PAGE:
“Santa and the Ice Cream Bunny” Turns 50

Can you believe it’s been 50 years since the premiere of the widely loved Christmas classic Santa and the Ice Cream Bunny (1972)?

What’s that? You never heard of, let alone seen, Santa and the Ice Cream Bunny? Impossible.

I’m joking. Of course you’ve seen it.

Actually, though I had heard about it for years, I watched it for the first time this morning, directly after a television production of The Nutcracker. What a double feature! Santa and the Ice Cream Bunny is a notorious ill-made Christmas film directed by Richard Winer, whose only previous film had been a 1971 documentary about The Devil’s Triangle, narrated by Vincent Price.

The entire premise of the film is that Santa’s sleigh is stuck in the sand of a Florida beach and so he can’t make his regular Christmas delivery. His reindeer conveniently fled sometime before the cameras started rolling. Santa calls upon a bunch of random children, who run to help him (inexplicably in slo-mo), and then they attempt to pull him out using the muscular might of a gorilla, a donkey, a pig, a sheep, a cow, a horse, and a dog.

In case you were fooled, the gorilla is of course a guy in an ape suit. The other animals are real but untrained and basically refuse to cooperate on camera while the actors try to make them stay in the frame. For some reason there are several inserts featuring Tom Sawyer and Huckleberry Finn who must have taken their raft into a time tunnel. This literally goes on for 20 minutes, with Santa (who reminds me of Hal Smith who played the drunk Otis on The Andy Griffith Show) constantly complaining about the heat and how he’s “got to do something to get out of here”, a common sentiment among many people who find themselves in Florida.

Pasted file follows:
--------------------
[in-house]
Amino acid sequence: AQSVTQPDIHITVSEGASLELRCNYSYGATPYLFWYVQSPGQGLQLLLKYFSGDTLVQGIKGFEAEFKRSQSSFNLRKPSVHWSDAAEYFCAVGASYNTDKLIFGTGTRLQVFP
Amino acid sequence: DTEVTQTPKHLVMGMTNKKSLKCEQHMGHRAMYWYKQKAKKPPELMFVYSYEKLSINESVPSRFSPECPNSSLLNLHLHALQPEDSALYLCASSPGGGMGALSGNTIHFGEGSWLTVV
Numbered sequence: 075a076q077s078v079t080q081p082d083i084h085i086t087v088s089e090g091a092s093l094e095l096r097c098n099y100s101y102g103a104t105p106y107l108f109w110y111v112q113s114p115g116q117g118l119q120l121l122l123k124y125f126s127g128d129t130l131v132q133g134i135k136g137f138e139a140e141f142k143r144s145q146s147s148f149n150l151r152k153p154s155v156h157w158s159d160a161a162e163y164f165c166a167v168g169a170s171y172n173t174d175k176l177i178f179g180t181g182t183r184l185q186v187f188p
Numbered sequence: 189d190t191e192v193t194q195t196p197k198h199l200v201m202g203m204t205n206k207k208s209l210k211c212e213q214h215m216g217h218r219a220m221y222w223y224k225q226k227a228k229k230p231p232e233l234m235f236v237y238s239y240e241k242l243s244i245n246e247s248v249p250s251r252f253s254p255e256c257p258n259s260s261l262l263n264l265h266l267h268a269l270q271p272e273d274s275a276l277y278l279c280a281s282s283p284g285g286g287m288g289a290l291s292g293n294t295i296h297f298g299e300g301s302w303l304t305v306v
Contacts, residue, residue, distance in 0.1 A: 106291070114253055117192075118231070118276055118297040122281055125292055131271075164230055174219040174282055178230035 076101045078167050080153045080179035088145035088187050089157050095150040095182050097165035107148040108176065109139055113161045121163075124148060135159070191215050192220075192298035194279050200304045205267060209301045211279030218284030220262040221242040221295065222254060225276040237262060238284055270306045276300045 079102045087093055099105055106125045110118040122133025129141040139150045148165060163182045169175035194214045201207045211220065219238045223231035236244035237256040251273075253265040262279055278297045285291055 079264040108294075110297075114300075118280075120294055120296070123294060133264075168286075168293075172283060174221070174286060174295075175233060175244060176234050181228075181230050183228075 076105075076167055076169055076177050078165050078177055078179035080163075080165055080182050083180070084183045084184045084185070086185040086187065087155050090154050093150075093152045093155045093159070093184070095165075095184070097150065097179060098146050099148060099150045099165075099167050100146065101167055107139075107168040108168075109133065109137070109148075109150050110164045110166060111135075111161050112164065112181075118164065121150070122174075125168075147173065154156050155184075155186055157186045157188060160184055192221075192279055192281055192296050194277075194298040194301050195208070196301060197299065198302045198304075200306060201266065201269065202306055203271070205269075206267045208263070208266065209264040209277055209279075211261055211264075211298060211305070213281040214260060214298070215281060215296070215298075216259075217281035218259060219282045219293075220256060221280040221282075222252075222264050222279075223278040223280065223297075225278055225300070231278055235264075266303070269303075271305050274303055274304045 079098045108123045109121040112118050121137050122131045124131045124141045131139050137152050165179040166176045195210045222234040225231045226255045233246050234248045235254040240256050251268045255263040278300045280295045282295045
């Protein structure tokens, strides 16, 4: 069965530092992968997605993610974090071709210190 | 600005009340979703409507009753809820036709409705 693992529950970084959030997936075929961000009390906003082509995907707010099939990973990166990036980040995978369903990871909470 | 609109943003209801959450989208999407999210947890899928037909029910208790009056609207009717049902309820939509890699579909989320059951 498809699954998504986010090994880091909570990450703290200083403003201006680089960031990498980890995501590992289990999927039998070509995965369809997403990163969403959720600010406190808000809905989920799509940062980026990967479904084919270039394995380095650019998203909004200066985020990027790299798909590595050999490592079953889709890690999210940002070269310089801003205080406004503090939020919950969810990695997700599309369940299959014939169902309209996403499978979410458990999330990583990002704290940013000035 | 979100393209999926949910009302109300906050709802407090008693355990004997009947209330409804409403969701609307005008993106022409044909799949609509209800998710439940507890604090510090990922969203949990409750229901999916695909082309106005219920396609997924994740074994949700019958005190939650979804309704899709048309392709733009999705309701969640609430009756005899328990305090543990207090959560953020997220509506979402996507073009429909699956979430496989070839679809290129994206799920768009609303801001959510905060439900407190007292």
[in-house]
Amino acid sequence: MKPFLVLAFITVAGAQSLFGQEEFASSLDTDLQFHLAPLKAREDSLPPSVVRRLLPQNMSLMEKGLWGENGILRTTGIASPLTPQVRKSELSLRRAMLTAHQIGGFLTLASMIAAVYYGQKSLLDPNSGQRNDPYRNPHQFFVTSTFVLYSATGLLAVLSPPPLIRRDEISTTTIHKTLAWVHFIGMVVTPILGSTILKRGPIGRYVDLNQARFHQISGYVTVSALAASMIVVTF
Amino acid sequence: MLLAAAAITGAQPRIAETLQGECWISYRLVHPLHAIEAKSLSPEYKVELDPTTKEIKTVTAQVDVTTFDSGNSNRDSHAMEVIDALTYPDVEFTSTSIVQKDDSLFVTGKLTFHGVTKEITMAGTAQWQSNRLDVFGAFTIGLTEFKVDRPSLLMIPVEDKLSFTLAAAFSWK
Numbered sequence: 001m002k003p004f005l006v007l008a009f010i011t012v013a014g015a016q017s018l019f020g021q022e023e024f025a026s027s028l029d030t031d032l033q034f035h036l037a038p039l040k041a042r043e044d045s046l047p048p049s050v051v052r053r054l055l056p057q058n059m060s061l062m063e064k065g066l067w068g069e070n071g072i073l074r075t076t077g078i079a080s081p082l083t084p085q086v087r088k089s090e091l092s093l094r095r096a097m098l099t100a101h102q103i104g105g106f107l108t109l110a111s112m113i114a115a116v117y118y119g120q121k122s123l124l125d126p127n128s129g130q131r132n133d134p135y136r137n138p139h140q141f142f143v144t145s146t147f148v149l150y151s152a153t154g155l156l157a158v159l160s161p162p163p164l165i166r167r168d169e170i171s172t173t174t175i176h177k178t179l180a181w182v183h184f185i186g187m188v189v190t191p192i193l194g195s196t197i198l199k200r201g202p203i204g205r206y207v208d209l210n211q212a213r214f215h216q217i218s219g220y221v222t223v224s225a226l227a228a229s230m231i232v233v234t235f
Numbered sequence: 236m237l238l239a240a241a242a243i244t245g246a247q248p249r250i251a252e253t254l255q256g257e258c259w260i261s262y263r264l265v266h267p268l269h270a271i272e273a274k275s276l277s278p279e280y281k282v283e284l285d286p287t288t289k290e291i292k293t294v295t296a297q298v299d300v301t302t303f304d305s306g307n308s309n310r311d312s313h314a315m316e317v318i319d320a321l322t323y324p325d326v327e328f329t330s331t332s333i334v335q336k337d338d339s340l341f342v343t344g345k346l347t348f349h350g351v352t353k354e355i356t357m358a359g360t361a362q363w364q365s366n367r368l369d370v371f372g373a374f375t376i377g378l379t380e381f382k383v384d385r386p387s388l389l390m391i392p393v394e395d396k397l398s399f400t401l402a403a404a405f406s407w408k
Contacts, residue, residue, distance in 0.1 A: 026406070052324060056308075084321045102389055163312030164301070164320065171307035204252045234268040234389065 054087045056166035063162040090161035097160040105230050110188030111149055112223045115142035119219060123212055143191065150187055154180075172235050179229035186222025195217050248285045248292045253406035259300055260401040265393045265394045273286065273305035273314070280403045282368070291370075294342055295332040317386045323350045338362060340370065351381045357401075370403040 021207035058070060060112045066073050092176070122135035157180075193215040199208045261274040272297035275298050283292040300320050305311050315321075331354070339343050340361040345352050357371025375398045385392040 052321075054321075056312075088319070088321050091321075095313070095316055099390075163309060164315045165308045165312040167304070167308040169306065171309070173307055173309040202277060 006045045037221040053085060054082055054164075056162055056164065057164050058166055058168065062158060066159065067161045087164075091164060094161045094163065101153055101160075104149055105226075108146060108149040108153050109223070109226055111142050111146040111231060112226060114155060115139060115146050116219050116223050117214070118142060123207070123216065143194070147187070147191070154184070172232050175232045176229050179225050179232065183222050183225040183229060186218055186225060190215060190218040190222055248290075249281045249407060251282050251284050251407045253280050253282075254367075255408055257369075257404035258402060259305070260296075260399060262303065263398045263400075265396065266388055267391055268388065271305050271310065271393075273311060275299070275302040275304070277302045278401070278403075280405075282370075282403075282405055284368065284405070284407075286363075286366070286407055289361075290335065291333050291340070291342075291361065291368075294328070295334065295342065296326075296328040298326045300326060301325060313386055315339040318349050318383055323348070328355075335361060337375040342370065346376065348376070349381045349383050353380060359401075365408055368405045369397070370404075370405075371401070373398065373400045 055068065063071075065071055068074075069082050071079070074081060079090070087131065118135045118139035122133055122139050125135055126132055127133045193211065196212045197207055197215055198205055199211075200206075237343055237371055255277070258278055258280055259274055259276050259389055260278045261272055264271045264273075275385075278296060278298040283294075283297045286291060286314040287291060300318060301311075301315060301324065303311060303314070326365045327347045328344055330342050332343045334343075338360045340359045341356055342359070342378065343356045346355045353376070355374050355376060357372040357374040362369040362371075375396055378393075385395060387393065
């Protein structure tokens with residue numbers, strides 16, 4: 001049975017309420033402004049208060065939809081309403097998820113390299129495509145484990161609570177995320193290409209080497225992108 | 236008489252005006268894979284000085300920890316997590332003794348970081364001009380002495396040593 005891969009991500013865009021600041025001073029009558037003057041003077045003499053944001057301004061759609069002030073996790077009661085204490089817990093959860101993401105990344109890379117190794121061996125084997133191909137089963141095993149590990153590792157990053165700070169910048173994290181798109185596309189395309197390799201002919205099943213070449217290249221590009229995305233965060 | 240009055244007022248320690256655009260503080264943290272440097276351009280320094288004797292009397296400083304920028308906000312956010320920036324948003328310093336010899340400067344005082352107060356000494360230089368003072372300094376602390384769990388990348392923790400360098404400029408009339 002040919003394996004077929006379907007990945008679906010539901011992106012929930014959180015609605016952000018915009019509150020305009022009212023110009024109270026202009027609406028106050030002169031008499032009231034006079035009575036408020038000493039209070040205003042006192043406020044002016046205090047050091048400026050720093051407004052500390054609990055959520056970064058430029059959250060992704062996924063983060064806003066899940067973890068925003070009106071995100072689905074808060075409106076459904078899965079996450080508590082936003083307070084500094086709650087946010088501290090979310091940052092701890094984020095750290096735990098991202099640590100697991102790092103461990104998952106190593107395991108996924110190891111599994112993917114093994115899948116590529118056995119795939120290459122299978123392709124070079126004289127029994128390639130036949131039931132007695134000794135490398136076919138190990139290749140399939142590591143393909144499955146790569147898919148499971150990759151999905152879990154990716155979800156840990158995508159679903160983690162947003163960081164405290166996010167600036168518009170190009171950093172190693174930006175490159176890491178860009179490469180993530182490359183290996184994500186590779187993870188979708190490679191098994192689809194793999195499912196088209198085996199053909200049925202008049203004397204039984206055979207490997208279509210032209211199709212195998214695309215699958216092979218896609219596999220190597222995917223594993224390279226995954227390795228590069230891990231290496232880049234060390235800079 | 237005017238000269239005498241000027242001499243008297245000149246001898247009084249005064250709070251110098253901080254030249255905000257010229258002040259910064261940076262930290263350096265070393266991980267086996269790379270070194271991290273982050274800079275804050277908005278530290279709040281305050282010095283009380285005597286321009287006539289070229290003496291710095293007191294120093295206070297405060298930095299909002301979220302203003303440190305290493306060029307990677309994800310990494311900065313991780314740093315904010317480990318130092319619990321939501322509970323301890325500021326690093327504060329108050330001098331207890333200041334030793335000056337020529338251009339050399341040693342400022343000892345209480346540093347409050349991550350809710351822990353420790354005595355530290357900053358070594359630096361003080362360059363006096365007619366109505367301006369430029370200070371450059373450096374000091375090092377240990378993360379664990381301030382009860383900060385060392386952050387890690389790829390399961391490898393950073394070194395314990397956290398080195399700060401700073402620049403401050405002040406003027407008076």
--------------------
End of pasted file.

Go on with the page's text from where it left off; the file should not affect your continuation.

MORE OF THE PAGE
Then, without warning the film shifts to an equally el cheapo production of a fairy tale, either Jack and the Beanstalk or Thumbelina, depending on which print of the film you’re watching. Both of the films within the film were directed by sometime pornographer Barry Mahon, who also directed The Wonderful Land of Oz (1969), which I wrote about here. The fairy tale lasts for 40 years, I mean, minutes. When we return to the framing device, Santa begs the angry looking children not to give up hope. They take off. Then Santa falls asleep in the hot sun.

He wakes up some time later to notice a vintage fire truck approaching with a terrifying giant white rabbit at the wheel. It’s clearly an Easter Bunny costume from the same shop that rented the gorilla and Santa Clause outfits to the producer, but we are informed that he is actually the “Ice Cream Bunny”. Likely story! (There is no ice cream to be seen). The truck approaches in real time — gets there in about ten minutes. Long story long, Santa gets on the fire truck and the Bunny drives away, with a herd of children following. If Santa and the Bunny had done a Pied Piper and led the kids into the ocean we’d have had a much more memorable fairy tale film.

Most of the dialogue seems improvised; it’s shot pretty much like a home movie. Yet it was apparently shown in some theatres, so I guess it’s fair to review it. It’s available on Youtube, of course. But pop about three gummies first. Merry Christmas!

And if you’d like to know about some other weird Christmas classics, go here and here.